Conflict & Justice

Kabul: The war gets real


An Afghan policeman stands next to Taverna, a Lebanese restaurant, that was attacked in Kabul, on Jan. 18, 2014.


Johannes Eisele

Friday nights are usually pretty busy at the Taverna du Liban, Kabul’s first and still most popular Lebanese restaurant. Other eateries featuring hummus and baba ganoush can be found, of course, but the foreigners who flock to the Taverna are interested in more than the excellent kebab.

They come for the décor, heavy on dark, carved wood and colorful ceramics; they stay for the complimentary chocolate cake that arrives without fail at the end of every meal.

Most of all, they appreciate the relaxed, friendly atmosphere, where wine is served in teapots, and the silver-haired owner drifts among the guests, bringing them new dishes to try, frequently accompanied by his enormous and bad-tempered cat, an Afghan stray that he adopted and loved unreservedly until it died a few years ago.

That is the way it used to be, in the old days — until yesterday, in fact — before the Taliban stormed the beloved Taverna, killing at least 21 people, 13 of them foreigners. The victims included owner Kamal Hamade, who, according to news reports, had grabbed a gun and gone to battle the attackers. They shot him dead. 

The restaurant, located in the heart of Wazir Akbar Khan, the tony diplomatic district that is home to many embassies and dozens of top officials, had been a fixture in Kabul since about 2006.

It had gone through more than a few security scares during that time, and had acquired a wall around it, a locking gate, and armed guards to make the patrons feel safe. It was on the “approved” list even for the notoriously finicky US Embassy, whose staff are largely restricted to their fortress-like compound.

No US diplomats were on hand Friday, however, according to one embassy source.

This is among the worst incidents of violence directed at foreigners since the start of the war in 2001. Other notable episodes, such as the attack on a UN guesthouse in Kabul in 2009, or the 2008 storming of the luxury Serena Hotel, may have been more spectacularly headline-grabbing, but resulted in fewer casualties.

This was more than a random attack on a popular watering hole. The Taliban claimed responsibility, saying that it was payback for a coalition airstrike in a province just north of Kabul.

As the Taliban put it: 

“The attack was in retaliation to the massacre carried out by foreign invaders two days earlier in Parwan province's Siyah Gerd district where the enemy airstrikes destroyed up to 10 homes, razed several orchards as well as killing and wounding up to 30 innocent civilians mostly defenseless women and children.”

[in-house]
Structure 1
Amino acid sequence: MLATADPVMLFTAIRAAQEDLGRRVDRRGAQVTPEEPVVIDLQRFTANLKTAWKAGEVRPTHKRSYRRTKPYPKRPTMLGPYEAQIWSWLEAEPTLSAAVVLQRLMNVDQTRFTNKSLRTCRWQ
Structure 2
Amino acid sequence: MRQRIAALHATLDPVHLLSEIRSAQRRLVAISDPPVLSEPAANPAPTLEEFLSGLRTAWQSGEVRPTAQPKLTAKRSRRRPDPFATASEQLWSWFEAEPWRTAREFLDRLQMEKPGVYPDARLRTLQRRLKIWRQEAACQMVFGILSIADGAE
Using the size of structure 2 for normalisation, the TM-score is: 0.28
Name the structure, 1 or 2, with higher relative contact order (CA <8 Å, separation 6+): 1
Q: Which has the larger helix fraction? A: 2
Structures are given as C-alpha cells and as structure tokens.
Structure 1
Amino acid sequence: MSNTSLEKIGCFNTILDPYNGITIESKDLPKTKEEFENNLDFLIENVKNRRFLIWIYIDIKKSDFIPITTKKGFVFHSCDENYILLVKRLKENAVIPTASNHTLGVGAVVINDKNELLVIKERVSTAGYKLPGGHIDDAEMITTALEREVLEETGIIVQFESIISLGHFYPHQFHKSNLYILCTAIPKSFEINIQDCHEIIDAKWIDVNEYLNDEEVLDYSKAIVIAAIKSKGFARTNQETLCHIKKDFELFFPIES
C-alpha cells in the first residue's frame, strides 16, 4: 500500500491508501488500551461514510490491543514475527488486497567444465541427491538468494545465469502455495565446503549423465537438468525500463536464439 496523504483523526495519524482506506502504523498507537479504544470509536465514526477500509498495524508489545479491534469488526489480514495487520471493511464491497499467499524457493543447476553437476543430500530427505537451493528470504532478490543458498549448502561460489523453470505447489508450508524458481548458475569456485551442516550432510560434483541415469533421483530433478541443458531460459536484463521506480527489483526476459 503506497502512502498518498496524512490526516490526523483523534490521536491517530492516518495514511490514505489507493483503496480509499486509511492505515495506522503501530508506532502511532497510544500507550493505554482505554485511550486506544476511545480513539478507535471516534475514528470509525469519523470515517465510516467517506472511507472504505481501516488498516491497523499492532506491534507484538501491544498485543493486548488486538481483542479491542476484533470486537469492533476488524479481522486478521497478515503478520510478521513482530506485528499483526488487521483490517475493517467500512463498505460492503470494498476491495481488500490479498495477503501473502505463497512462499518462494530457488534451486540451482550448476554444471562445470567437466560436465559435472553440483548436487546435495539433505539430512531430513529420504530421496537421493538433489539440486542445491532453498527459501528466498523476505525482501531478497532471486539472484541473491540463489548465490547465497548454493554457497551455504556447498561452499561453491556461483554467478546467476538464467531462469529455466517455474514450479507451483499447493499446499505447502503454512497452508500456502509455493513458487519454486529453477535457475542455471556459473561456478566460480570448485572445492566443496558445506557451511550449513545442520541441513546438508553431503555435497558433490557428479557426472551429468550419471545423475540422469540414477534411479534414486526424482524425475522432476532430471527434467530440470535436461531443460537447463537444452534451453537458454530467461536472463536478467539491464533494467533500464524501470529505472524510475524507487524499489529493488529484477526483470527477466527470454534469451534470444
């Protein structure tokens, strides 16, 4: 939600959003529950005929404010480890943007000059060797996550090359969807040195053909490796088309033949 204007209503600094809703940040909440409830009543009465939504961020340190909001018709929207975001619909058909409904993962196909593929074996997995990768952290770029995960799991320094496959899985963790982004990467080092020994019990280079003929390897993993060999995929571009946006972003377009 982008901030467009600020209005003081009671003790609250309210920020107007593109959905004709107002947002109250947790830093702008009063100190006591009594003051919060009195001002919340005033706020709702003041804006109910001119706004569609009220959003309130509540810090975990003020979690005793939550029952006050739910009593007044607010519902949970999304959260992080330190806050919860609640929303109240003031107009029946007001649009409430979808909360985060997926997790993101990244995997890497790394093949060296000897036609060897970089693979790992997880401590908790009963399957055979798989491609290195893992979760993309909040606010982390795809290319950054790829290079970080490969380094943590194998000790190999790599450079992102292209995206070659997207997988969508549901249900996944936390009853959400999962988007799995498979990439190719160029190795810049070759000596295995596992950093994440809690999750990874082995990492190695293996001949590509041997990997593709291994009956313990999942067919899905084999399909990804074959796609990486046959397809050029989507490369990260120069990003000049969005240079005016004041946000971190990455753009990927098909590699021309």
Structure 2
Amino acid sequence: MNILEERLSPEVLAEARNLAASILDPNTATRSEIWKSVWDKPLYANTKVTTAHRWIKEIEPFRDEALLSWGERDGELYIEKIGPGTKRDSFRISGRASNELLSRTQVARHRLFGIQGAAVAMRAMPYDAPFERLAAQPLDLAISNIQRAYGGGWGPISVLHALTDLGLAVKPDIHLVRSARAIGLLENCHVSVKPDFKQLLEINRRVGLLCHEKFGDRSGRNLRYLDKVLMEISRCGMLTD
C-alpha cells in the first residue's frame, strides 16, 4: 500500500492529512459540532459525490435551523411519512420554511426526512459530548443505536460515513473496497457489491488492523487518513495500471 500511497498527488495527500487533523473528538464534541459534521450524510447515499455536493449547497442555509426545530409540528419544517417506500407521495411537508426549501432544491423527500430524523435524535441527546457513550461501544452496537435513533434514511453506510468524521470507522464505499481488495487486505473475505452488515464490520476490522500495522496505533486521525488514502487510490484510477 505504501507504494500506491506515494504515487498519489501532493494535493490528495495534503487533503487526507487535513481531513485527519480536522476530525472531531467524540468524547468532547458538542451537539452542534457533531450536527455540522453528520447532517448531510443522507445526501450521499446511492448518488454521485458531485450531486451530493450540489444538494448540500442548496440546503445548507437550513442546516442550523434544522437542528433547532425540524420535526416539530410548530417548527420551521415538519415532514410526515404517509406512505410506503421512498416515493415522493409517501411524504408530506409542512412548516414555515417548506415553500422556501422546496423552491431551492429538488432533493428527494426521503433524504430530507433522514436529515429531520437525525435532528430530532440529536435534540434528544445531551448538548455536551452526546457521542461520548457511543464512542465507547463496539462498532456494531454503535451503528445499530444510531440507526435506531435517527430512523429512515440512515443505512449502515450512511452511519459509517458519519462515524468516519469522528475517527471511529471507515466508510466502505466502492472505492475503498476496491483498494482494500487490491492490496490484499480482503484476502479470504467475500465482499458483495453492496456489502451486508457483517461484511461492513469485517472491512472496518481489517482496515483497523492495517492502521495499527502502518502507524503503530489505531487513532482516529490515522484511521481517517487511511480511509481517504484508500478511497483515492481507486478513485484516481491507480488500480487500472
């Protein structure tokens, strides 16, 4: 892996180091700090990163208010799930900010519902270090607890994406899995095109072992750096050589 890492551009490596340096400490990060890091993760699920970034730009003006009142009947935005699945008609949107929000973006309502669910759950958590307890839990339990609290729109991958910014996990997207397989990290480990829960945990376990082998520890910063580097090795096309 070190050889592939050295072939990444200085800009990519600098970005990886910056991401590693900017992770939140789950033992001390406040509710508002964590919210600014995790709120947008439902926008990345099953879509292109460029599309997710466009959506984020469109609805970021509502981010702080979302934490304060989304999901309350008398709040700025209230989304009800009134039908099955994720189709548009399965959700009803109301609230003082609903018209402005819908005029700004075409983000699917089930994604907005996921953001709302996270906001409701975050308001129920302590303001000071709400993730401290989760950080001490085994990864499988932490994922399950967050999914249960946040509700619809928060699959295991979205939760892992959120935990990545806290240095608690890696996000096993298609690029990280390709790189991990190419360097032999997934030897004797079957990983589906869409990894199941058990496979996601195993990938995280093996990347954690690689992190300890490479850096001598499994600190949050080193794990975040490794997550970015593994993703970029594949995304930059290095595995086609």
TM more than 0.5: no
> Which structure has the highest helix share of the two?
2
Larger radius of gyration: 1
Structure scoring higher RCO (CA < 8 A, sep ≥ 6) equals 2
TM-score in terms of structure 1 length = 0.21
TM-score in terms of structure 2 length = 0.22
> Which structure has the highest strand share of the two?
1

The insurgents had targeted the Taverna since it was “a restaurant frequented by high ranking foreigners … where the invaders used to dine with booze and liquor in the plenty.”

Among the dead were the representative of the International Monetary Fund in Afghanistan, a top UN official and two teachers from the American University in Afghanistan.

The international community was quick to condemn the attacks; UN Secretary General Ban Ki-Moon called it a “horrific attack,” and IMF head Christine Lagarde said that “we at the fund are all devastated.”

The UK’s Labour leader, Ed Miliband, also weighed in. "People everywhere will be appalled and shocked by this barbarous act of terror deliberately targeting members of the international community living and working in Kabul in the service of the Afghan people,” he said in a statement.

The White House also reacted strongly, while plugging its own programs in Afghanistan.

“There is no possible justification for this attack, which has killed innocent civilians, including Americans, working every day to help the Afghan people achieve a better future with higher education and economic assistance,” the White House press office said Saturday.

The only one who seemed reluctant to comment was Afghanistan’s president, Hamid Karzai.

It was almost 24 hours after the attack before the Office of the President issued a statement, rather grudging and ungracious in its message:

"If NATO forces and in the lead the United States of America want to cooperate and be united with Afghan people, they must target terrorism," he said. The Afghan president further criticized his supposed ally, saying that America was conducting a "policy which has caused many sacrifices in Afghanistan and was not successful in the past decade."

Karzai had earlier condemned the airstrikes in Parwan Province which, he said, had killed eight civilians.

“How many more innocent Afghans have to die so it gets the attention of US officials?” said his spokesman, Aimal Faizi.

Relations have been quite strained between Karzai and Washington lately, and this reaction is unlikely to help.

The Americans have been trying to get the Afghan president to sign a Bilateral Security Agreement that would regulate the status of US forces in Afghanistan following the withdrawal of combat troops by the end of 2014.

Now all eyes, and hopes, will be pinned on the Afghan presidential elections, scheduled for April, which Washington hopes will usher in a more cooperative administration.

The Taverna will be sorely missed, and Kamal Hamade will be sincerely mourned. Also on the list of reasons to grieve will be the loss of a sense of immunity, a feeling that the war is far away.

What ordinary Afghans have known for more than a decade is now being brought home to the thousands of foreign personnel in Kabul and elsewhere in the country: no one can feel safe in Afghanistan these days. 

Journalist Jean MacKenzie worked as a reporter in Afghanistan from October 2004 to December 2011.